Tomorrow is Rick’s memorial service, up in Urbana, Ohio. It’s been a little over three weeks since his sister called me with the news he had committed suicide two days before. I’m not going — I’m still mad at him. I know it would be the proper thing to do, but to hell with that.
You hear people tell stories about how they didn’t really know their spouse or significant other, usually when they learn about a bigamous relationship or secret child. But to have worked side by side with a man for 18 years and not really have a clue about the demons that tormented him? It still makes me shake my head.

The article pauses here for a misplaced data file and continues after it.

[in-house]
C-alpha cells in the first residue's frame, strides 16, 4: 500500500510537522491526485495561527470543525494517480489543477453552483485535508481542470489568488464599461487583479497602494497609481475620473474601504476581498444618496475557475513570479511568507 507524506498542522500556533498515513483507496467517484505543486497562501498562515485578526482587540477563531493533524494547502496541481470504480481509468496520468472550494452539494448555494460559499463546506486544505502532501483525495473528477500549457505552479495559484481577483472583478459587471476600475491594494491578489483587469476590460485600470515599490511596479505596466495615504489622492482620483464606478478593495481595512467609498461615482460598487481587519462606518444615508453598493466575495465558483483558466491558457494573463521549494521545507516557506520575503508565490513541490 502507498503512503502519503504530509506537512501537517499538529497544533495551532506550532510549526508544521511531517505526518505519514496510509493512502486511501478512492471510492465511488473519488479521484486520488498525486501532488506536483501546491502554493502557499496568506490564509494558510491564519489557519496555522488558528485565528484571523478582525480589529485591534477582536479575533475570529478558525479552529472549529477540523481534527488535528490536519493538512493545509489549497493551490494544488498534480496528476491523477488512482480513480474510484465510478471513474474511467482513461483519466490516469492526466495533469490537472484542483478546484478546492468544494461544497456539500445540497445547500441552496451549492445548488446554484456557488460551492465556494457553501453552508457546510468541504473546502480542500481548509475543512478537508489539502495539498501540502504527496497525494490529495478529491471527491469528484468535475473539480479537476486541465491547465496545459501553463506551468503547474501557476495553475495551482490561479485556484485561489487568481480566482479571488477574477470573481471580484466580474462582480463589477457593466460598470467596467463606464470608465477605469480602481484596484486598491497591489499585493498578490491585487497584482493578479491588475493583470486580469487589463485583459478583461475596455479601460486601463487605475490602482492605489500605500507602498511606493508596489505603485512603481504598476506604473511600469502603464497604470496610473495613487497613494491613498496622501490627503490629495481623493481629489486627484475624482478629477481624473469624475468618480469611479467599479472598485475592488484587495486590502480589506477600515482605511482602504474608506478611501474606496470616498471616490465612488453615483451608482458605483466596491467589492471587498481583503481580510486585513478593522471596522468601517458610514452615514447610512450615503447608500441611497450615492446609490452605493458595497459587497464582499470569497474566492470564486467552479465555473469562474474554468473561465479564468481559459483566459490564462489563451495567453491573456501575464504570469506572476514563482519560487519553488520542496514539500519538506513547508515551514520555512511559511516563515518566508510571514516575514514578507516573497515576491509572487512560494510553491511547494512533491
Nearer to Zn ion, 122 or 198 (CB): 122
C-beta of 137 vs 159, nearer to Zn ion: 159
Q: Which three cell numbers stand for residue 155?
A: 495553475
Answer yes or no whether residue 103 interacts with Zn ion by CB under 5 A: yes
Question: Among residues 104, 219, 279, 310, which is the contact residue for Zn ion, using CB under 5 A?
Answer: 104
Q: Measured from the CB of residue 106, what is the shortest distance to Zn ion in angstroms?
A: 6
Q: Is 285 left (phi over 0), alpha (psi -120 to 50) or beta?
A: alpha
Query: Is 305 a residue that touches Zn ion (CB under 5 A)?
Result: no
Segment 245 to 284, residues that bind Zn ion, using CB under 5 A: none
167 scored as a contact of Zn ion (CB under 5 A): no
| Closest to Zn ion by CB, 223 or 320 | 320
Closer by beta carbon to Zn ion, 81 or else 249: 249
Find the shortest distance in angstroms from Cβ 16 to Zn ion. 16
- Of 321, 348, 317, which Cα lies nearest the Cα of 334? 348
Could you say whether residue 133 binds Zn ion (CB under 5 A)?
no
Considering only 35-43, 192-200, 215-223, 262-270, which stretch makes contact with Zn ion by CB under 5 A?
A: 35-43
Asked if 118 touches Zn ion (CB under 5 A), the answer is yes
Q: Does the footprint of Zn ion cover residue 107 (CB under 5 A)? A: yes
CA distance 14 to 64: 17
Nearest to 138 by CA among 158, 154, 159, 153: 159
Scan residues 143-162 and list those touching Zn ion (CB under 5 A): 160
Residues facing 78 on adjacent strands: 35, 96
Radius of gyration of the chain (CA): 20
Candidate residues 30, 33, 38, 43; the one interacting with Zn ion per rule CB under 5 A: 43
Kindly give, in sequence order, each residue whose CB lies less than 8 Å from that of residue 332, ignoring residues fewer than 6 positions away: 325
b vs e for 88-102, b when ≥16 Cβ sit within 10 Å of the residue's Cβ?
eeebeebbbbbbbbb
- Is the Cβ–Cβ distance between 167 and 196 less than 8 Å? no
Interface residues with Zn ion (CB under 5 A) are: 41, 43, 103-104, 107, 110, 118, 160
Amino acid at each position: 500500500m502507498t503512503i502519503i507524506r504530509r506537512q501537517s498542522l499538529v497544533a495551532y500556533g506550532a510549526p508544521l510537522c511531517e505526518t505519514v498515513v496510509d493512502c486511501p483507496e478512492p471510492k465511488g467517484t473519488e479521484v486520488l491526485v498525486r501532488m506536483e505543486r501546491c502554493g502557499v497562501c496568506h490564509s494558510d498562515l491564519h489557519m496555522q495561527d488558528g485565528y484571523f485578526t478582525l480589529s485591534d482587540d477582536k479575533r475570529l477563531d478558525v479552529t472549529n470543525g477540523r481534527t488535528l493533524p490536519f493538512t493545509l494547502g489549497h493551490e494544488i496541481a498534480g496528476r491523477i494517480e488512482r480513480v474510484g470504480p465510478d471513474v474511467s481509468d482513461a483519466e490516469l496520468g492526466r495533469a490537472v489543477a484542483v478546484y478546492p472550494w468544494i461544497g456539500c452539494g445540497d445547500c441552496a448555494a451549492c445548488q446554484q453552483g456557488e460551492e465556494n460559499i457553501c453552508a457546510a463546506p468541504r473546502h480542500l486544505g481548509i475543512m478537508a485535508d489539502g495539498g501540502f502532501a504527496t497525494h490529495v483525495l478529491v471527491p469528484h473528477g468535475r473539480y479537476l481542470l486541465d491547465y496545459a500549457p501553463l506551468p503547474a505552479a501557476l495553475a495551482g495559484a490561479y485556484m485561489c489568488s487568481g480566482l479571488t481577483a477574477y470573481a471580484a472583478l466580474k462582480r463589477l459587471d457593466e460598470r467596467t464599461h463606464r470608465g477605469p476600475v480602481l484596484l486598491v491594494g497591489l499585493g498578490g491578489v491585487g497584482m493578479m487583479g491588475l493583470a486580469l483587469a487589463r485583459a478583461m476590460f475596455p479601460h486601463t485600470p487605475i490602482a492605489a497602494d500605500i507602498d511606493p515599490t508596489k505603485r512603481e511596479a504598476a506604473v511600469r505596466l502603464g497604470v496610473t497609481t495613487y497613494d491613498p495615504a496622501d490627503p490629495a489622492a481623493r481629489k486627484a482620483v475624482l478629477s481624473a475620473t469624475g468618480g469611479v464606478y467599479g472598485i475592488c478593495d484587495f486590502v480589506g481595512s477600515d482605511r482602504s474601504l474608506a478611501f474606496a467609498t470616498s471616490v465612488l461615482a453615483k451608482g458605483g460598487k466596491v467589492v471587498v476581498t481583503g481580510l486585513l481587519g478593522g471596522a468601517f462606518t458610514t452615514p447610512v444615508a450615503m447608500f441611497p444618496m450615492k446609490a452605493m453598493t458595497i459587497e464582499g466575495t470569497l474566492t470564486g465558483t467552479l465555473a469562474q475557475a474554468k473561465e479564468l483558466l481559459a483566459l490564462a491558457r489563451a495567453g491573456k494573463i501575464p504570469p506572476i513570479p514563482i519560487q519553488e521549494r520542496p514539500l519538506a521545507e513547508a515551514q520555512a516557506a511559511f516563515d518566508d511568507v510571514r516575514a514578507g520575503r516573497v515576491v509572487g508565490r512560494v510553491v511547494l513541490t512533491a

I’m mad, too, because he had to know how much his death would hurt all of us, his co-workers and friends. And a gun? From the man who hated guns? And the web of deceit he wove to friends and family about his plans for the future? It was a calculated, long-planned suicide, not a moment of sadness or loneliness. And I can’t get past it.
I won’t be there at the Nazarene church, Rick. You would have hated it — church, family, being the center of attention. And I have to hold on to my anger. Because if I don’t — if I let the next stage of grief take over — I’m not sure I can handle it.